Of course similar things can be said about many of the left affliated groups, including those with a lot of mainstream acceptance and promotion. They are riddled with extreme racists (see Sasha Johnson), authoritarians and people very happy to engage in political violence.

It’s not that PB and indeed Trump aren’t horrible people, it’s that many on the other side are equally as bad. The one sided narrative doesn’t help in anyway, it allowed the left to commit appalling crimes, and acts as a recruiter for the far right and gives them the thinest sliver of justification.

Annette Kralendijk
Annette Kralendijk
3 years ago
Reply to  LUKE LOZE

There are not nationalist but rather proponents of western civilization, which includes people of all races. Who are the white supremacists in or close to the PB?

David Morley
David Morley
3 years ago

That’s my understanding. They are pro western civilisation. Of course western civilisation was produced largely by white people, and it seems that having a positive attitude towards it is now enough to get you labelled white supremacist.

John Nutkins
John Nutkins
3 years ago
Reply to  David Morley

Indeed, and that makes me a white supremacist, and of course I support all those defending western civilization against the hordes and mobs of woke cretins and thugs, all their fellow scum and the morons backing the divisive, discriminatory and grossly insulting BLM racists.

Ray Zacek
Ray Zacek
3 years ago
Reply to  David Morley

All that is required to be labeled a white supremacist is to be white. It is a secular version of original sin, promulgated mainly by white urban liberals with a carapace of sanctimony hiding their anxiety.

David Morley
David Morley
3 years ago
Reply to  Ray Zacek

“All that is required to be labeled a white supremacist is to be white.”

I think that’s true of racism in some circles. Racism is treated as inescapable for white people. I’m not sure it’s the same for white supremacy.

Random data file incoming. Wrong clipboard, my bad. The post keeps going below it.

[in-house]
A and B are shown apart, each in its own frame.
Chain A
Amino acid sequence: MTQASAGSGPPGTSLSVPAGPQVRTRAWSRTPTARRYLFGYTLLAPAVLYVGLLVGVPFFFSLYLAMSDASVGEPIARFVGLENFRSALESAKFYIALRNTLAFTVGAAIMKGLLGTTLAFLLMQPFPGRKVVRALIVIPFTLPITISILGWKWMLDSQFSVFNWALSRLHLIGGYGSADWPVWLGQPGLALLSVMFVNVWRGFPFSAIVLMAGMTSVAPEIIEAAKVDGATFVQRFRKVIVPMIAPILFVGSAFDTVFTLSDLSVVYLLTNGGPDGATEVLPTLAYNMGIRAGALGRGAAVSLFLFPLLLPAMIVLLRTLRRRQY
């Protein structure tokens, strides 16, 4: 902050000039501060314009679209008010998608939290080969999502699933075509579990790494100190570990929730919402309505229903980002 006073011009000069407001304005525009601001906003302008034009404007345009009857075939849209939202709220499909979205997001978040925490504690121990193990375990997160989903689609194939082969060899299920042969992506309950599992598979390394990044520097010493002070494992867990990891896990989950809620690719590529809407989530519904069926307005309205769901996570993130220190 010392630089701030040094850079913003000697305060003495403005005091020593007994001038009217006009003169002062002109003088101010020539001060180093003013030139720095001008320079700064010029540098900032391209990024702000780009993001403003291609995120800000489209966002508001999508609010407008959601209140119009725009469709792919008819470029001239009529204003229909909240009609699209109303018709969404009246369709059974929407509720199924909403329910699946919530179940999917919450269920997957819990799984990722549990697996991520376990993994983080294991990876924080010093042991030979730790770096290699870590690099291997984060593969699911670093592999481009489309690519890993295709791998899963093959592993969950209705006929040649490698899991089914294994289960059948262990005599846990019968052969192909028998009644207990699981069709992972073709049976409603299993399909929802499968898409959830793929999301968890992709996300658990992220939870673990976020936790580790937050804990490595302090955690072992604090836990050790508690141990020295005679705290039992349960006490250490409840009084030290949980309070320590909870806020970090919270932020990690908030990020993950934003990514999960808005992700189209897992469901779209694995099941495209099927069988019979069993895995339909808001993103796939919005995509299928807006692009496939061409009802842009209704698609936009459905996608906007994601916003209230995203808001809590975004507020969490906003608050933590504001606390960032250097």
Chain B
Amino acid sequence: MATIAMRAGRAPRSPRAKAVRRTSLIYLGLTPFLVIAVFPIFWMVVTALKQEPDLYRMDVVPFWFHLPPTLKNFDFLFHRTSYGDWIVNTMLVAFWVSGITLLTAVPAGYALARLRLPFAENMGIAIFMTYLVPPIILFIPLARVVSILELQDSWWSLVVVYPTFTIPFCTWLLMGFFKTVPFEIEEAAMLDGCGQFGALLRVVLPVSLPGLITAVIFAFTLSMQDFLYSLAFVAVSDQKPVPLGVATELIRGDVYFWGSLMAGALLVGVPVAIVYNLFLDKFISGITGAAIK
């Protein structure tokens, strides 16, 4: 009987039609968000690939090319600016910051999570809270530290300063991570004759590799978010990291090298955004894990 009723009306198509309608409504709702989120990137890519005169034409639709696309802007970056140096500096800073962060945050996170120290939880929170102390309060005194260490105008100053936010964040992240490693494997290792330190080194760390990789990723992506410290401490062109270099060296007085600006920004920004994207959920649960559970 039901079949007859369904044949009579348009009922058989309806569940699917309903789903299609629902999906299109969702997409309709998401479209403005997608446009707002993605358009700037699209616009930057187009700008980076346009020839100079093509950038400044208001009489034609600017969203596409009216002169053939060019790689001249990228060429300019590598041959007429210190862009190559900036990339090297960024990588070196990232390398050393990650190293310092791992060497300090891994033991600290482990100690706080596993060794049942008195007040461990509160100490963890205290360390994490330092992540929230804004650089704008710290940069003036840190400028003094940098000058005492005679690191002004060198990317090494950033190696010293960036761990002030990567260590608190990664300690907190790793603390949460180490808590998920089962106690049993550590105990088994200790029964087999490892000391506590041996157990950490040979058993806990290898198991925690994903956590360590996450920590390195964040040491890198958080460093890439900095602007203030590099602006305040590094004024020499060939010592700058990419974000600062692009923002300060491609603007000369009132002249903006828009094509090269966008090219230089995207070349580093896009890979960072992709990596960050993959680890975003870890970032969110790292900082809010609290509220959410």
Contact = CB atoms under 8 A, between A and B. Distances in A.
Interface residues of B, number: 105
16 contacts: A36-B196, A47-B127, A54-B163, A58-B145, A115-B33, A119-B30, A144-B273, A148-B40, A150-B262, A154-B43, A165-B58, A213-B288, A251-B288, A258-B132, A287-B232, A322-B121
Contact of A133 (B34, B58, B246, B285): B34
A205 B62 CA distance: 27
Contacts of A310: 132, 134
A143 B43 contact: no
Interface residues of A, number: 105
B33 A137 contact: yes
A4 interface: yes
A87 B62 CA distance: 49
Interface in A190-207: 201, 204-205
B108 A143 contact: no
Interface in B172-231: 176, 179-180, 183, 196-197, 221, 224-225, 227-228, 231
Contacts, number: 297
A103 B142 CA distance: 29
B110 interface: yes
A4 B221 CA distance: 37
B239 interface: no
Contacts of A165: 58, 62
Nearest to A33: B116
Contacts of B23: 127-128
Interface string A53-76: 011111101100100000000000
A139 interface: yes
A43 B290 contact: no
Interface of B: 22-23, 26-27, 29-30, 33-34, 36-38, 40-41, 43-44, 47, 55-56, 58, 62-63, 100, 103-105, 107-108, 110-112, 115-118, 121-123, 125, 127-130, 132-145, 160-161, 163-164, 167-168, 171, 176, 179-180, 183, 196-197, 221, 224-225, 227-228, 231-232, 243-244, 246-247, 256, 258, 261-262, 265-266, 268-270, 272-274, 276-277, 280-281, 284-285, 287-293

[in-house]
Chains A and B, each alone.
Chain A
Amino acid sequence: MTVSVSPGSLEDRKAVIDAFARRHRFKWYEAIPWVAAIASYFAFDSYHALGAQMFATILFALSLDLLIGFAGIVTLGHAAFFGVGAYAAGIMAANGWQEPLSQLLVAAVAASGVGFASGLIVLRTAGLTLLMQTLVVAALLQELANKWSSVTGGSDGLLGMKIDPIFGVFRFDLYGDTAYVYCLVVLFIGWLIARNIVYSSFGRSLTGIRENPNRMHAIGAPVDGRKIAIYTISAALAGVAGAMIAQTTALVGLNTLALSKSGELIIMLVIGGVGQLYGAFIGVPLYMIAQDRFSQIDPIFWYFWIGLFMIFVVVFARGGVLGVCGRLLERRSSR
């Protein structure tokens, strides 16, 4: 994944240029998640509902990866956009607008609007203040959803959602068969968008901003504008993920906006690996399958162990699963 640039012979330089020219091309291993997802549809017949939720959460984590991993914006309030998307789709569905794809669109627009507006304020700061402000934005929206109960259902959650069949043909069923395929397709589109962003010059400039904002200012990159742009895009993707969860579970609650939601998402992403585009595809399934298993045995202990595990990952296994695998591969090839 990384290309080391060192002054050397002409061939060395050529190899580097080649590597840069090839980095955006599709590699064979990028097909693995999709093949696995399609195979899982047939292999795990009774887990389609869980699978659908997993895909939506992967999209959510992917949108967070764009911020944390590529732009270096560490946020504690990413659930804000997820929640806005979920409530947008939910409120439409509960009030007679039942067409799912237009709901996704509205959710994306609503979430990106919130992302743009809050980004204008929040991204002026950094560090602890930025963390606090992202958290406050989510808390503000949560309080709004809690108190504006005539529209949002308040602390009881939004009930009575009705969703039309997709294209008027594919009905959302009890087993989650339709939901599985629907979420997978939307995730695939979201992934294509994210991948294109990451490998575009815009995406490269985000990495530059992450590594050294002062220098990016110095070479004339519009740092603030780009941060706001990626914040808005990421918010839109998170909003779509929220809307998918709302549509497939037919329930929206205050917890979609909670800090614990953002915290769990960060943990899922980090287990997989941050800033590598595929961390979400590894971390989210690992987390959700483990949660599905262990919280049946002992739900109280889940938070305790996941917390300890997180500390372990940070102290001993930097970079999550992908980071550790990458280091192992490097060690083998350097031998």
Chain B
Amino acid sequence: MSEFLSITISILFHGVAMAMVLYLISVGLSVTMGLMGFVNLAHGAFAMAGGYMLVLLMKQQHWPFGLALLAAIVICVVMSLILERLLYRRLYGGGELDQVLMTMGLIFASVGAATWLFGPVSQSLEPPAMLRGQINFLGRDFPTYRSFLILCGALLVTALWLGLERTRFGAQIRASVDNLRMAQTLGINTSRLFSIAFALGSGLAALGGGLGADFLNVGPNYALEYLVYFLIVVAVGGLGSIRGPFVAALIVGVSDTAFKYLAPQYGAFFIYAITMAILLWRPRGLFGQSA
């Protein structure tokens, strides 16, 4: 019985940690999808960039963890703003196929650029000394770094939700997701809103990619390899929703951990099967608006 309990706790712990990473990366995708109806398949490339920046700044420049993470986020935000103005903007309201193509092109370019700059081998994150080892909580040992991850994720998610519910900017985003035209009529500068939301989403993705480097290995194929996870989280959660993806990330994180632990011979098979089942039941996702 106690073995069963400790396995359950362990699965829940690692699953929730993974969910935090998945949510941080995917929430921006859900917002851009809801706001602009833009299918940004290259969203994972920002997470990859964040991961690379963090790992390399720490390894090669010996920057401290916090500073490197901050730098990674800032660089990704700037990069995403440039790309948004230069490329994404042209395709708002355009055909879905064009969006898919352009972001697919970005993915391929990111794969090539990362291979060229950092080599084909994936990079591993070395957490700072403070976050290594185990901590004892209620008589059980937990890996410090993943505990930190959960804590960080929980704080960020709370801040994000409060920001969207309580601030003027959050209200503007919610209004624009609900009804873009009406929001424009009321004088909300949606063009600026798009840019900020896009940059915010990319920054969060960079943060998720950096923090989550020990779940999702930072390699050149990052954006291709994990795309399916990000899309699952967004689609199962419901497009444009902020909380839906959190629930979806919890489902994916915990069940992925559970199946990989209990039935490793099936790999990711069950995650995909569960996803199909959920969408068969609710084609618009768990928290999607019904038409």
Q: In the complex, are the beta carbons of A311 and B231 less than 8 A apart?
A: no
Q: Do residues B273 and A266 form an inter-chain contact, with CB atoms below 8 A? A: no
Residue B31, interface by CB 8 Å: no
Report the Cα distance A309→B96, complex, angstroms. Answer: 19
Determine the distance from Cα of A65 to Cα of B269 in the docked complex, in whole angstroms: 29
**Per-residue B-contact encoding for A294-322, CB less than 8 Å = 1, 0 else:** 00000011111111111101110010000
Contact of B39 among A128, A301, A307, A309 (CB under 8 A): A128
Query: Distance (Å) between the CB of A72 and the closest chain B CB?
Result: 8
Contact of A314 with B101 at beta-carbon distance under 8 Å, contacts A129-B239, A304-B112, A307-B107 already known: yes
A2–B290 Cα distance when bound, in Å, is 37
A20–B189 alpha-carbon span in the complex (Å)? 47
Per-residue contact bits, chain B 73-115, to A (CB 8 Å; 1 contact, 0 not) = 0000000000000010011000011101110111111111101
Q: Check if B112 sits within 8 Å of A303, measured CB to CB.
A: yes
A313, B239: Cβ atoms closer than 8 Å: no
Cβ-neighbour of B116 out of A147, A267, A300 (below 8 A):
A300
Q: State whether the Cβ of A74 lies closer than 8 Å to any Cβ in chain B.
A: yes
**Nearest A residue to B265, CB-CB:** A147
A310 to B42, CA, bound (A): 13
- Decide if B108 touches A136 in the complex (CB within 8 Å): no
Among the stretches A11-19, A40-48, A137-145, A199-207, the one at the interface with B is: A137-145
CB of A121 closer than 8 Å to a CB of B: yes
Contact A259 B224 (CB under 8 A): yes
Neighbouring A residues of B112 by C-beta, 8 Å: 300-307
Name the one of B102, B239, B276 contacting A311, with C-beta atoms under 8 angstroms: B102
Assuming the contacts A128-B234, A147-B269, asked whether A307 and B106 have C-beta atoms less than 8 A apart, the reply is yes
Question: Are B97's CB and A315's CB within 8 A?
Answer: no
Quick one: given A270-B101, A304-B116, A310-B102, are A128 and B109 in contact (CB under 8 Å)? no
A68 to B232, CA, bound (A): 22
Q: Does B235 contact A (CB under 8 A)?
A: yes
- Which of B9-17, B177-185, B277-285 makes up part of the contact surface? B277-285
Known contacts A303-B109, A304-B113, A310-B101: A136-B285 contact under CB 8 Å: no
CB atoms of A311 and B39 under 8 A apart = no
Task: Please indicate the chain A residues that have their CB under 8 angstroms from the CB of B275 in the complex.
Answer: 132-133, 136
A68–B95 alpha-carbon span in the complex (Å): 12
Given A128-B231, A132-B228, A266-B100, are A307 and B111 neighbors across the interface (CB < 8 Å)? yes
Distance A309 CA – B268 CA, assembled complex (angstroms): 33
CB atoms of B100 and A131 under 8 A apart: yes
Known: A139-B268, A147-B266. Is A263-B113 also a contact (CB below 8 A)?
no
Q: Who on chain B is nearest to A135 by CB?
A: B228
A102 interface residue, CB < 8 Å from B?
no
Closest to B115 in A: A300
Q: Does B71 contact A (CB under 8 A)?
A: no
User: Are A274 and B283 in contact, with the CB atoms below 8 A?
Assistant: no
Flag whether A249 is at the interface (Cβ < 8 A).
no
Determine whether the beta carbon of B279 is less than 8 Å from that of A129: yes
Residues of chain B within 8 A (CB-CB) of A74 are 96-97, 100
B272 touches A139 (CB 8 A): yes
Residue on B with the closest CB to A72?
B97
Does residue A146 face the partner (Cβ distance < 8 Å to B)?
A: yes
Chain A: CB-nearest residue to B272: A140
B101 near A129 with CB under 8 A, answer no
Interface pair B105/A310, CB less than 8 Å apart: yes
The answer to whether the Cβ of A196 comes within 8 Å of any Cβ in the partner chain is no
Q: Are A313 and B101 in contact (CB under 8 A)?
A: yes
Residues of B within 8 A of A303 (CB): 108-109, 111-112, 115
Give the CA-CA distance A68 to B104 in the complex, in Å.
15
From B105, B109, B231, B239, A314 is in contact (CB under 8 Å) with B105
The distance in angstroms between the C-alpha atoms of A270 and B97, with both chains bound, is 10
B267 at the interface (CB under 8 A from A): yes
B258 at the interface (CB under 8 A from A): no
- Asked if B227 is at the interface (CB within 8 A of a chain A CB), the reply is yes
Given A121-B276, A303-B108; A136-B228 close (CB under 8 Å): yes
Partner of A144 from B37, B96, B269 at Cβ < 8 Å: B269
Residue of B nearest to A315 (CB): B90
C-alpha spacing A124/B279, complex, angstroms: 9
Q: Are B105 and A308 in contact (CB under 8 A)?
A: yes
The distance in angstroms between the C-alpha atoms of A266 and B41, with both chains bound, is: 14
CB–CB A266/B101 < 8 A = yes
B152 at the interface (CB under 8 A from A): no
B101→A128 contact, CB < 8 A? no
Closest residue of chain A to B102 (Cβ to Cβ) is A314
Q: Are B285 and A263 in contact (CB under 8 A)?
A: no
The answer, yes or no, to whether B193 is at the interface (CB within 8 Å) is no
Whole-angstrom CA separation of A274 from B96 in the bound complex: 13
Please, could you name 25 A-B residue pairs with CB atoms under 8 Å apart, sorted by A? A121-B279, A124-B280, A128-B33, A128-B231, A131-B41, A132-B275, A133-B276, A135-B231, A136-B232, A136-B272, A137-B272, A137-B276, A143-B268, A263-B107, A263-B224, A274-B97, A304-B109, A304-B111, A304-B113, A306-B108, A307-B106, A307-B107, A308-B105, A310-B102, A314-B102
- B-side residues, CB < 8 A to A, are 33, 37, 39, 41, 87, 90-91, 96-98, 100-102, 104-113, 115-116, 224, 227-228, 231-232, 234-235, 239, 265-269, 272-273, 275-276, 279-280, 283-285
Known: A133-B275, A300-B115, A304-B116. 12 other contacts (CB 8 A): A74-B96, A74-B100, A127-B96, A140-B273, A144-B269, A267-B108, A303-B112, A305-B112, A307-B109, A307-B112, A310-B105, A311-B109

Robin di Angelo, for example seems to consider herself a racist. But does she really consider herself a white supremacist? That would be really odd.

Joseph McCord
Joseph McCord
3 years ago

What if it’s exactly, civilization (and not even, any particular one) – that’s the problem?

Tom Graham
Tom Graham
3 years ago

If Proud Boys were a white supremacist group, they would not have a non-white person as leader, full stop – whether black, Asian or “Afro-Cuban”.

I stand to be corrected here, but I don’t think the KKK ever had a leader who wasn’t white.

leosavantt
leosavantt
3 years ago
Reply to  Tom Graham

The KKK also never had a leader who wasn’t a Democrat (as in political party).

Madelyn
Madelyn
3 years ago

A white supremacist group??? WRONG! Of course some of their members have been found to be all kinds of things – this happens in any organization – but they are NOT white supremacists. They stand against BLM because that organization is founded by self proclaimed Marxists. Don’t get me wrong! I don’t support PB or any of these groups. But get your labels straight !!!

7882 fremic
7882 fremic
3 years ago
Reply to  Madelyn

Good for you putting in the required bit of not supporting the PB, best safe than sorry.

Jeremy Smith
Jeremy Smith
3 years ago

Cubans are different. On average (aside from the new Cuban migrants) they are affluent/wealthy, politically active (Republican – Marco Rubio) and see themselves as white Catholics and are hostile to communism/socialism.